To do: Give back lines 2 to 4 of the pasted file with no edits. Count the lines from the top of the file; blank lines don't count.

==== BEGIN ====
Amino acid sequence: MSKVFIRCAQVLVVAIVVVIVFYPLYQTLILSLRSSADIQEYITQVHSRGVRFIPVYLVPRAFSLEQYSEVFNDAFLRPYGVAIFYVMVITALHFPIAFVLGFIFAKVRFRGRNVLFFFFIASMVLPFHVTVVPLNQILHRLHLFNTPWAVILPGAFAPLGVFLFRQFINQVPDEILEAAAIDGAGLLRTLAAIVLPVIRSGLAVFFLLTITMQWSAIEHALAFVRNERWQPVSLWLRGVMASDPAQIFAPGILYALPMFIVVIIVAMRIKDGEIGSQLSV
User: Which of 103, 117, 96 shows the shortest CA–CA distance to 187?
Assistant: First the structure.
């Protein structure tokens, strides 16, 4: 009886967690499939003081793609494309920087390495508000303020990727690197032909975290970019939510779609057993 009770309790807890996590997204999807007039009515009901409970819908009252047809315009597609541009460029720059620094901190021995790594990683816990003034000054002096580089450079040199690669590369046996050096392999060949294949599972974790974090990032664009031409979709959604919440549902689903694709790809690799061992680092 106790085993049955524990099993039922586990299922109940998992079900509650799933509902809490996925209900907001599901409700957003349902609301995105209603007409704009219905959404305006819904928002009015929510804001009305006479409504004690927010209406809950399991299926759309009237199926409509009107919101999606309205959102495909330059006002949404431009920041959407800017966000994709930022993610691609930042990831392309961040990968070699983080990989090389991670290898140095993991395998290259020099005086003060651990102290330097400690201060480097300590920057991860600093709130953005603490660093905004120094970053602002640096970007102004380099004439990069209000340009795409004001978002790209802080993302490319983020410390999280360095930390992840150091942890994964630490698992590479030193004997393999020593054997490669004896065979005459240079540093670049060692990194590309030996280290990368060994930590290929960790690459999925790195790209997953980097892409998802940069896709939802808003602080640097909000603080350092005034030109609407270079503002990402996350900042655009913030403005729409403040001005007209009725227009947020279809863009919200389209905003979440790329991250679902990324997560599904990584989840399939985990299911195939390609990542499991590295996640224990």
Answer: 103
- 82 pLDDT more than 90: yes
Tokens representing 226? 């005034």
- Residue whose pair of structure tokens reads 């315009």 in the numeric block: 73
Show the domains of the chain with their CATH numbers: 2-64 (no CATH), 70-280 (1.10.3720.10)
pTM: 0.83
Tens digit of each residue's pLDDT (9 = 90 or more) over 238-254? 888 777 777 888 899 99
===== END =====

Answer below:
User: Which of 103, 117, 96 shows the shortest CA–CA distance to 187?
Assistant: First the structure.
């Protein structure tokens, strides 16, 4: 009886967690499939003081793609494309920087390495508000303020990727690197032909975290970019939510779609057993 009770309790807890996590997204999807007039009515009901409970819908009252047809315009597609541009460029720059620094901190021995790594990683816990003034000054002096580089450079040199690669590369046996050096392999060949294949599972974790974090990032664009031409979709959604919440549902689903694709790809690799061992680092 106790085993049955524990099993039922586990299922109940998992079900509650799933509902809490996925209900907001599901409700957003349902609301995105209603007409704009219905959404305006819904928002009015929510804001009305006479409504004690927010209406809950399991299926759309009237199926409509009107919101999606309205959102495909330059006002949404431009920041959407800017966000994709930022993610691609930042990831392309961040990968070699983080990989090389991670290898140095993991395998290259020099005086003060651990102290330097400690201060480097300590920057991860600093709130953005603490660093905004120094970053602002640096970007102004380099004439990069209000340009795409004001978002790209802080993302490319983020410390999280360095930390992840150091942890994964630490698992590479030193004997393999020593054997490669004896065979005459240079540093670049060692990194590309030996280290990368060994930590290929960790690459999925790195790209997953980097892409998802940069896709939802808003602080640097909000603080350092005034030109609407270079503002990402996350900042655009913030403005729409403040001005007209009725227009947020279809863009919200389209905003979440790329991250679902990324997560599904990584989840399939985990299911195939390609990542499991590295996640224990």